Arizona’s One-On-One with Two U.S. EPA Administrators

by Amanda A. Reeve

The Arizona Manufacturers Council (“AMC”) held its annual Environmental and Sustainability Summit (“ESS”) last month in Prescott with the best agenda, speakers, and attendance this event has had in recent years. Not that the AMC ESS and been lackluster in previous years; but this year’s event benefited from a specially-developed program as a result of an unencumbered reemergence of cooperative federalism. After all, it is a rare occasion, and an unprecedented one for ESS, to be able to attend a local event and have the opportunity to meet and discuss issues directly and in person with U.S. EPA Region IX Administrator Mike Stoker and Senior Policy Advisor (former Acting Regional Administrator) Alexis Strauss one day and with U.S. EPA’s Acting Deputy Administrator Henry Darwin the next.

For nearly 30 years, this annual environmental summit has consistently brought together a diverse crowd that includes the regulated community, regulators, environmental experts, policy makers, elected officials, and other various types of professionals and specialists. Several of this year’s presenters even spoke to the importance of this annual ESS because it brings an eclectic population together in a setting which promotes opportunities for simultaneously discussing, understanding, and working the environmental, energy, and natural resources issues and concerns impacting Arizona. Joining in on these critical discussions this year, for the first time ever, were three high-ranking officials with the U.S. EPA, two of whom are in positions to really affect change.

Even more remarkable than agreeing to attend the ESS as Keynote presenters is the fact that a mere five months earlier, Mike Stoker was appointed to serve as the Region IX Administrator on May 18, 2018 and Henry Darwin had been promoted to serve as Acting Deputy Administrator on July 11, 2018, just five weeks prior to the ESS. To be fair, Arizona is Darwin’s home state, but that doesn’t change the fact that he had just taken on the responsibilities and time-consuming workload accompanying the second highest position within in a federal agency.  With both gentlemen being so new to their respective roles, it was unexpected that either would accept a speaking request, let alone one that would require out-of-state travel.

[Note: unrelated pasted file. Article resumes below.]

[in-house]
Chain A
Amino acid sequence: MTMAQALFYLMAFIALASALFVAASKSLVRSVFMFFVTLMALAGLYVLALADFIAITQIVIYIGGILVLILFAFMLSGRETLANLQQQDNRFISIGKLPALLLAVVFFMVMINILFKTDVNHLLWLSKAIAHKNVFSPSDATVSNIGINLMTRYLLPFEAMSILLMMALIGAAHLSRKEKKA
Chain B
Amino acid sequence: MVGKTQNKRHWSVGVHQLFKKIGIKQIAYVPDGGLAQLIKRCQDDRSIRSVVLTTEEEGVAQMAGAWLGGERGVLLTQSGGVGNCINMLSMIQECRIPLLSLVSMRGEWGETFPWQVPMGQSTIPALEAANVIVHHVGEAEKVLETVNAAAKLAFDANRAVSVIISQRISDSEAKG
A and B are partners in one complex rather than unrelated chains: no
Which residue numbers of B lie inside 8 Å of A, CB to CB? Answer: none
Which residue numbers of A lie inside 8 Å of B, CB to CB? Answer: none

Further surprising was that neither Stoker nor Darwin had a prepared presentation.  No PowerPoint slides. No note cards. They just stood up on the stage, gave a little background on themselves and a little insight as to what they have noticed/learned/come to understand thus far in their respective roles; and then they asked to hear from the audience. What questions or concerns do you have? How can we do better? What do you need and want from us? Absolutely Astounding! Even though Darwin was not present to hear Stoker speak and vice-versa; both used the same template. Quick intro, a little background and insight into the agency and its operations, then spend the majority of the time listening to the customers, taking notes and answering questions; but mostly just listening to understand and learn.

Both Stoker and Darwin raved about EPA personnel being exceptionally intelligent, talented, dedicated, and caring; but Darwin also expressed a concern over the lack of young professionals seeking employment with the agency. Both admitted that the agency desperately needs to operate more efficiently and effectively in order to fully comply with its intended mission of protecting the environment. To absolutely no one’s shock, Darwin admitted that they have found a backlog in just about every major program under the EPA’s purview; but noted those backlogs are a reflection of the unnecessarily copious self-imposed protective measures that have been implemented over the years.

Darwin also discussed the status of the agency’s response to President Trump’s February 24, 2017 Executive Order “Enforcing the Regulatory Reform Agenda.” Again, it didn’t come as a surprise to anyone in attendance when Darwin shared that absolutely nothing had been done with the 460,000 plus comments received by EPA in response to its April 13, 2017 request for public comments providing an evaluation of the existing regulations. However, Darwin announced that four days prior, on August 17, 2018, Administrator Wheeler had restructured the Regulatory Reform Task Force initially established to review and act on those submitted comments and appointed Darwin to serve as Chairman and provided him the resources required to begin fulfilling the task force’s duties.

In addition to meeting with EPA, this year’s ESS program also included a fascinating elections preview; intriguing true cautionary tales from environmental agencies; the latest regulatory, legislative, and policy updates from federal, regional, and state agencies; frank discussions regarding the current and future state of Arizona’s water and energy resources; and learning how to enhance environmental conservation efforts and sustainable initiatives through the implementation of commonsense measures and collaborative projects.

The open dialogue, one-on-one conversations, and discussions regarding Arizona’s environmental, energy, and natural resources issues are an essential component to working collaboratively towards practicable solutions. As the Presenting Sponsor, Snell & Wilmer L.L.P. is proud to be an integral partner in the coordinating and developing of this annual program and facilitating these important discussions.

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